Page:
Our hotel receptionist told us we should visit Murano for the glass works, Burano for the lace making, and Torcello because it's nice. The three are islands near Venice, warranting a short boat ride.
This morning, we went to Torcello. We can advise there is nothing there. The island has canals but they lead to empty, overgrown fields, a few private properties, a church, a couple of art shops, and a few stalls selling souvenirs. There are also a few palatial looking restaurants decked out with dozens of empty tables. Torcello seemed deserted. At least deserted of tourists. And in August! I don't know what the place is like the rest of the year.
We entered one of the restaurants, and, together with other dishes, ordered some chips. At first, the chips were dreadful. Maybe that's a hint as to why Torcello was devoid of visitors. The lady cooked some better ones, but no one can make chips like the Brits or the Australians. We were actually breaching our policy of only eating food for which the country we're in is famous. Such as pizza, pasta, lasagne, panini, tiramisu, and gelati in Italy. Greek salad, tzatziki, moussaka, souvlaki, spinach pie, and gyros in Greece. Croissants, baguettes, crepes, and croque monsieur in France. Tapas, paella, and sangria in Spain. Kebabs, baklava and apple tea in Turkey. And fish n' chips in Britain. And on this tour of Europe, we agreed no McDonalds, no KFC, no Pizza Hut. Just local food.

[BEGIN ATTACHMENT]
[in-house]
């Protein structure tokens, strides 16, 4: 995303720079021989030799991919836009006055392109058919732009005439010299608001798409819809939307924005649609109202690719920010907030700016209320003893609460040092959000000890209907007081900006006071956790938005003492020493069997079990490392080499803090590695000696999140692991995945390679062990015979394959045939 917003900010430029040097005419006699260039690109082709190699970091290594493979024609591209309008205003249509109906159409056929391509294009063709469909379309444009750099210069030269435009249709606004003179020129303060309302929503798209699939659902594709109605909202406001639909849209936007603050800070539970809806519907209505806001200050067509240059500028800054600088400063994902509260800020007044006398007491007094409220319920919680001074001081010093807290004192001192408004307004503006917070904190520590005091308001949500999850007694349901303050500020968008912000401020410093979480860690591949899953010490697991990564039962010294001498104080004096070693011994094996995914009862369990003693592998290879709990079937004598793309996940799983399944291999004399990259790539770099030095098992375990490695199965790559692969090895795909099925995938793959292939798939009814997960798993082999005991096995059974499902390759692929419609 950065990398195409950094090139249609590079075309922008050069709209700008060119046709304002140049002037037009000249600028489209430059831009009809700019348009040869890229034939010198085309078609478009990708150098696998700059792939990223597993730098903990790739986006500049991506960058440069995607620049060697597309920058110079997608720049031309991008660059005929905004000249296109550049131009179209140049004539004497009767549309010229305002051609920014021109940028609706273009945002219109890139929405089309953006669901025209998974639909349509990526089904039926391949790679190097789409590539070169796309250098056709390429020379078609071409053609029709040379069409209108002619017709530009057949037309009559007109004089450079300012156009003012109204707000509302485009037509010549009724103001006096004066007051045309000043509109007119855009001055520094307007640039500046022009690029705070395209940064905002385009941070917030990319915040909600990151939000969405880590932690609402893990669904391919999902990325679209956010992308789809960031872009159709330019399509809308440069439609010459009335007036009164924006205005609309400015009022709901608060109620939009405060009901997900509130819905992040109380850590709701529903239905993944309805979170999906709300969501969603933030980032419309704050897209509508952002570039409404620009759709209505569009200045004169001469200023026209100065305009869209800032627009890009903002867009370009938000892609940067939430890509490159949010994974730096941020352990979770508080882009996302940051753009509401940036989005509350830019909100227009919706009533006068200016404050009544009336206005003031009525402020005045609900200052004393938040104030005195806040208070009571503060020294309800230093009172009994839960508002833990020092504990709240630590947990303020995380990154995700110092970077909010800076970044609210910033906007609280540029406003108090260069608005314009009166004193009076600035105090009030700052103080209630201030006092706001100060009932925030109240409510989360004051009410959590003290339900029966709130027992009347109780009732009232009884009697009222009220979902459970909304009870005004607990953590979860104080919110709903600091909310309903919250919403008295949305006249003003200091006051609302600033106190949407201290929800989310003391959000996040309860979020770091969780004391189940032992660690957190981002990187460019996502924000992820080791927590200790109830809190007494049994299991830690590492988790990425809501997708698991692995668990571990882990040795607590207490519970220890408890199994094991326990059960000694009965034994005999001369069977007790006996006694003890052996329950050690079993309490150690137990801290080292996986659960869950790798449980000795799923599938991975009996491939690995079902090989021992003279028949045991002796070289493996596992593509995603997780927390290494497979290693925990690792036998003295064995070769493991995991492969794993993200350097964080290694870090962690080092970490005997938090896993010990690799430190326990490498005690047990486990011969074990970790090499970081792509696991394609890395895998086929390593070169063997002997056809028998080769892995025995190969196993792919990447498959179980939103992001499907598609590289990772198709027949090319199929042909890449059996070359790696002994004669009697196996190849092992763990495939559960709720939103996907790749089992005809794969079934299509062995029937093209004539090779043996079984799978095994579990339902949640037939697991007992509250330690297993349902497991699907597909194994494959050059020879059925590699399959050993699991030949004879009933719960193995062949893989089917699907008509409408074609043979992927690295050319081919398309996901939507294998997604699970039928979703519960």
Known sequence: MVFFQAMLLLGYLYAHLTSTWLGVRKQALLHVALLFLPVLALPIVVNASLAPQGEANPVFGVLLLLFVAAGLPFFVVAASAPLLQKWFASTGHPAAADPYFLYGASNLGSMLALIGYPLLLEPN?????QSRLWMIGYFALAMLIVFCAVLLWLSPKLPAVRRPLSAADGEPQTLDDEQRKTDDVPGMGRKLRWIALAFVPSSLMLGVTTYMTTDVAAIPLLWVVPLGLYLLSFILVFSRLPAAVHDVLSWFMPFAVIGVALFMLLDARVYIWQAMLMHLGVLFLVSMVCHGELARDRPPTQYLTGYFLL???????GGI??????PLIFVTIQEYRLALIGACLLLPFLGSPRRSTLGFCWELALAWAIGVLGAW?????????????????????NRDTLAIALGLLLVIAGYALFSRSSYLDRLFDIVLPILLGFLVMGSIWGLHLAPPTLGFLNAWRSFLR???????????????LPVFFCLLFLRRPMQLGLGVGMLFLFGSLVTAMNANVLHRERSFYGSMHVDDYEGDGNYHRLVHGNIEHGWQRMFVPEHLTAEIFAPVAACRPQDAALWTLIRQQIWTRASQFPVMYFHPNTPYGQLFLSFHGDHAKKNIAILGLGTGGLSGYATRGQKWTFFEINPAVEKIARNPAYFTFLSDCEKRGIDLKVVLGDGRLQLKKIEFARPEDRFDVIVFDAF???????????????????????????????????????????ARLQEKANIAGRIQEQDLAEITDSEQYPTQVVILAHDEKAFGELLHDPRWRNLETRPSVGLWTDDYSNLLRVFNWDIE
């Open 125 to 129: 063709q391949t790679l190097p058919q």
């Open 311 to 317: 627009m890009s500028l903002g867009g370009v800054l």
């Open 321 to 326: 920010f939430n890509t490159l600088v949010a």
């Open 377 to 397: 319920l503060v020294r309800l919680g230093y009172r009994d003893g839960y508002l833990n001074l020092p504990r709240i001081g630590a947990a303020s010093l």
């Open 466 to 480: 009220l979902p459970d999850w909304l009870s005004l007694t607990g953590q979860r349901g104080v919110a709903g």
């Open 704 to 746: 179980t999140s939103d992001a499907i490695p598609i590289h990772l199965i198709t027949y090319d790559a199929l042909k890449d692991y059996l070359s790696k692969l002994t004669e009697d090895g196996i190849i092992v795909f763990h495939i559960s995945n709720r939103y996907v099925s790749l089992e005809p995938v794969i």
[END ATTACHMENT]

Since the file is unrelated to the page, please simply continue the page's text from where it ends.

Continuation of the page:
I probably won't have chips again. And I can safely say we're done with Torcello.